Last week, we discussed the story of Betty’s traumatic birth here. This week,  we’ll discuss Betty’s healing plan from a traumatic birth. Betty ‘s husband helped her find a therapist who specialized in trauma and perinatal mood disorders by using Google and looking through Psychology Today profiles.  Betty was fortunate in that she had babysitting assistance from her mother and mother-in-law. Betty also was able to take extend time off from work, as she had been steadily employed at the same company for many years, her work was well respected and she had an understanding supervisor. Not all woman have these options. Betty knew this and she was grateful for the foundation that she had in place.

Betty approached her first visit with her therapist with trepidation. Betty was cautious. Like many trauma survivors, she didn’t want to endlessly talk about her trauma, because, somehow, talking about the incident felt like it might be re-traumatizing to her.  But she was feeling bad and she was curious about the new trauma treatments called Somatic Experiencing® (SE) and EMDR.  She had researched EMDR and found there was 30 years of research supporting its efficacy, so she was hopeful.

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Part One: Recovering from birth trauma

Part One: Recovering from birth trauma

 

 

Betty was feeling very down, anxious and disconnected. She had given birth to her third child just twelve weeks ago! Her new baby was a joy. He was beautiful and perfect. And so much work as well!  Betty had never missed sleep so much in her life! He was her second baby, her first son. She thought she should feel very happy.  But she just felt empty. There was so much work to do, so much laundry and so much responsibility!  She was crying often and felt distant from her family: her baby,  her other child  and her husband.

She felt happiness sometimes, but often felt removed from her life, like she was standing outside her body.  Her husband researched some therapists she could try to see close to her home. At the urging of her husband and her mother, she called three and settled on someone who was trained in perinatal mood disorders and trauma therapies.

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How much stress in pregnancy is too much?

Good question – how much stress in pregnancy is too much?

Like many things in life, the question of how stress affects a woman’s pregnancy does not have a simple answer. Because each individual has her own emotional and physical tolerance for stress, exactly how much stress is a causative factor for depression and anxiety is not known.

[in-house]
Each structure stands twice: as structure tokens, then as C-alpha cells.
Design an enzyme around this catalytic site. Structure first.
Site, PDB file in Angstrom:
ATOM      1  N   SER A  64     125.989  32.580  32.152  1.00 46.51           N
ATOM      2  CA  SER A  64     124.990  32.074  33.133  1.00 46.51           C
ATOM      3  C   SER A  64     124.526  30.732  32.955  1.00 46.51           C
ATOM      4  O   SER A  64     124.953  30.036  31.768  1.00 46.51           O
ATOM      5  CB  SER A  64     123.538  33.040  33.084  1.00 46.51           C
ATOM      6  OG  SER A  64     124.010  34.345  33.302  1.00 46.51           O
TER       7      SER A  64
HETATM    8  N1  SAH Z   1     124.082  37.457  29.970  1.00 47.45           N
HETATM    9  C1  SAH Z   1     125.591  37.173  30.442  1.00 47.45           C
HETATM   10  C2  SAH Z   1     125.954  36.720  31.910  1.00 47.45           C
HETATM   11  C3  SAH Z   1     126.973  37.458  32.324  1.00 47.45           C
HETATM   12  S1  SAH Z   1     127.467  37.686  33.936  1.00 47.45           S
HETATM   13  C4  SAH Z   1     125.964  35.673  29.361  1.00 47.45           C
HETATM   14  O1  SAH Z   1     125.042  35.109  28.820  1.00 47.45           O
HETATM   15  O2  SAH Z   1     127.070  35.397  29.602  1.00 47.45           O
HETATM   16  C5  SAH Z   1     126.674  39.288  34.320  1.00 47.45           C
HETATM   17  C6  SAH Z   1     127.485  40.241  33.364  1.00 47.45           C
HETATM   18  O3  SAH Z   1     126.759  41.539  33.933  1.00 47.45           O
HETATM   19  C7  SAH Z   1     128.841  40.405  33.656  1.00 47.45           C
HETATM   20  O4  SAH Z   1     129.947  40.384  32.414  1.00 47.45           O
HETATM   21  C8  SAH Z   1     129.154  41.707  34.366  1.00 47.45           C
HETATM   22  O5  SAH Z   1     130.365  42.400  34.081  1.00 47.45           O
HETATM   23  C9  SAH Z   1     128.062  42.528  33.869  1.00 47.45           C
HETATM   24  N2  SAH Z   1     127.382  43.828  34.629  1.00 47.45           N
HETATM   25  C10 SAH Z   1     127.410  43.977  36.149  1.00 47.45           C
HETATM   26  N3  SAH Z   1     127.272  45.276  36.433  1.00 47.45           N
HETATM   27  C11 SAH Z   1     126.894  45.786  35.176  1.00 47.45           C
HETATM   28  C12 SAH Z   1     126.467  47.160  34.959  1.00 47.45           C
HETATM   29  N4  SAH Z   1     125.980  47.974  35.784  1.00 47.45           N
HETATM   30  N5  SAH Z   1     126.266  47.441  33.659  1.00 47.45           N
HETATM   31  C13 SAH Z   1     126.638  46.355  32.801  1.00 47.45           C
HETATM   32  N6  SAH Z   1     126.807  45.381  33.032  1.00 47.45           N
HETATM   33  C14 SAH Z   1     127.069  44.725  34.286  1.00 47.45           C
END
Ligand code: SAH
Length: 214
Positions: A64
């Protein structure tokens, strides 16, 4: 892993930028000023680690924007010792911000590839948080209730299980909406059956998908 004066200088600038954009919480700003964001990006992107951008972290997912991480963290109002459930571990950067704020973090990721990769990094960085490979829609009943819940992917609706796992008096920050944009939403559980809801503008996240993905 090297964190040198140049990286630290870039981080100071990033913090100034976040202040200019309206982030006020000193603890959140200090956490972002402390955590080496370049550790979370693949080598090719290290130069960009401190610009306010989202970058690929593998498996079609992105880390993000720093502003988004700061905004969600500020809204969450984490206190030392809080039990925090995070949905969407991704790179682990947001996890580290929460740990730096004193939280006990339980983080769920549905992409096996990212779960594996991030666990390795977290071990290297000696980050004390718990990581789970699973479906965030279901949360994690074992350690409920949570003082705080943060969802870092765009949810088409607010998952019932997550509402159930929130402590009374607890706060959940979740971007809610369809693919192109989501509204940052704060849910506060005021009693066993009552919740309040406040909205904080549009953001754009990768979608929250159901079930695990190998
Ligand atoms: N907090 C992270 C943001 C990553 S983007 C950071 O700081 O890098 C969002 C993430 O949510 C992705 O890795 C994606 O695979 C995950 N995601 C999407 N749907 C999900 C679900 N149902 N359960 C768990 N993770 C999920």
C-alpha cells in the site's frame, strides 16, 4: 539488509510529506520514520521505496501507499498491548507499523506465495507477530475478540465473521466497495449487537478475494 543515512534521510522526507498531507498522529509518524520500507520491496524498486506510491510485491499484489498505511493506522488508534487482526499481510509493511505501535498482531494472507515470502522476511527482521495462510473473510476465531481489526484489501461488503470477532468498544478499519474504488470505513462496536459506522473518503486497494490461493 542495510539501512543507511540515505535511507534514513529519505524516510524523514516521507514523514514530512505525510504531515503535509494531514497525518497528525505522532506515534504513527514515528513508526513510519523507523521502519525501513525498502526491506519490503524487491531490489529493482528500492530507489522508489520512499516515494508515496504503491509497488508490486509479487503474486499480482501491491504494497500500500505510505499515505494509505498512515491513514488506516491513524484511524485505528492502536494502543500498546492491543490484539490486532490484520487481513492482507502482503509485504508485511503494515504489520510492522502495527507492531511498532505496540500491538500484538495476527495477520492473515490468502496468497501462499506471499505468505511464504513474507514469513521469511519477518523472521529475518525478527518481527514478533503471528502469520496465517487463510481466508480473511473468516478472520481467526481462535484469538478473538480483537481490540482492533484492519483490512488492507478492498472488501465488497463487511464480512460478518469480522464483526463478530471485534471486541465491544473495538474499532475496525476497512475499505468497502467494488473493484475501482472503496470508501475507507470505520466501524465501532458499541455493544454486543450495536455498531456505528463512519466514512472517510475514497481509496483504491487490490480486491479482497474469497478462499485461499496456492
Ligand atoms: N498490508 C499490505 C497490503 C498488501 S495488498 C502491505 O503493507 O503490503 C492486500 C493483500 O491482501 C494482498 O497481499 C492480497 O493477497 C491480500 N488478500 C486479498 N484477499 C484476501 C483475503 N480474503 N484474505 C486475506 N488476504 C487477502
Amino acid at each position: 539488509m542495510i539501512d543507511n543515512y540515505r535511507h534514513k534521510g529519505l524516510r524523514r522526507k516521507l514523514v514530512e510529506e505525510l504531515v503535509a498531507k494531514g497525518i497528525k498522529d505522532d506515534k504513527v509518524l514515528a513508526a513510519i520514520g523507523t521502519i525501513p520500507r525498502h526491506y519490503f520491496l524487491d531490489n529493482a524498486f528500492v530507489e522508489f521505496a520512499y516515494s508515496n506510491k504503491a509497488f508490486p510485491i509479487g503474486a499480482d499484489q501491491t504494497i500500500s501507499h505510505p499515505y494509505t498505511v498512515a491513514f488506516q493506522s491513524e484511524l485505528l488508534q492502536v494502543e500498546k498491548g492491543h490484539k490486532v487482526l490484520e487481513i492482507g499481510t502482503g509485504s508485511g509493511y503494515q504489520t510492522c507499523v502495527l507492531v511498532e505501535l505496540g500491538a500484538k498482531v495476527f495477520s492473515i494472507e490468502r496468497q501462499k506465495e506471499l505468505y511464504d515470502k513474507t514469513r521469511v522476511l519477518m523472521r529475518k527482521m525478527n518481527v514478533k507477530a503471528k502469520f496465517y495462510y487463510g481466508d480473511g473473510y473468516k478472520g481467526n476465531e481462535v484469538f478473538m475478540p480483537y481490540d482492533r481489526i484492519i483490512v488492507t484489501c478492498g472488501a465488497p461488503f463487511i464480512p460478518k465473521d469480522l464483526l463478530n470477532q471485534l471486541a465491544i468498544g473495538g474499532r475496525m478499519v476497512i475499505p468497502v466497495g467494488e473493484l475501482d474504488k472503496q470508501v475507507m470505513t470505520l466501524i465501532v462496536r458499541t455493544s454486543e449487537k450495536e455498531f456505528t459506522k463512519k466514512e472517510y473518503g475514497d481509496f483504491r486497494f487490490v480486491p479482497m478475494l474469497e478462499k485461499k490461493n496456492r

Plus, there are different types of stress. There is chronic stress, major negative life events and everyday stress.

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Interview with Kathy Morelli: Journey of a PPD Survivor

Ivy Shih Leung, postpartum depression author, activist and award winning blogger,  interviewed me for her blog. She is a passionate, outspoken advocate for women, families and social justice.

Some background about Ivy from her blog:  Ivy is  a PPD survivor.  She had her daughter in December 2004 and suffered from PPD about 6 weeks later.  Fortunately, with the help of Paxil which she started taking in February 2005, her frightening experience came to an end 4 weeks later.   Tom Cruise’s infamous rantings “There’s no such thing as a chemical imbalance” triggered an intense reaction and an overwhelming desire to tell him, and others like him, to “Shut up unless you’ve been through PPD yourself.”

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EPDS can help you determine if you are postpartum depressed

Perinatal mood disorders are the most common complication of childbirth. 15 – 20 % of women experience symptoms of depression and anxiety during pregnancy and in the first year after giving birth. Postpartum depression is the most common term used, but there are a few differential diagnoses that can be found in the perinatal mood distress category. Postpartum depression (PPD), postpartum anxiety (PPA), postpartum obsessive-compulsive disorder (OCD), bipolar disorders, postpartum psychosis and postpartum birth trauma. You can find out more about these categories at the BirthTouch® website or at Postpartum Support International.

Screening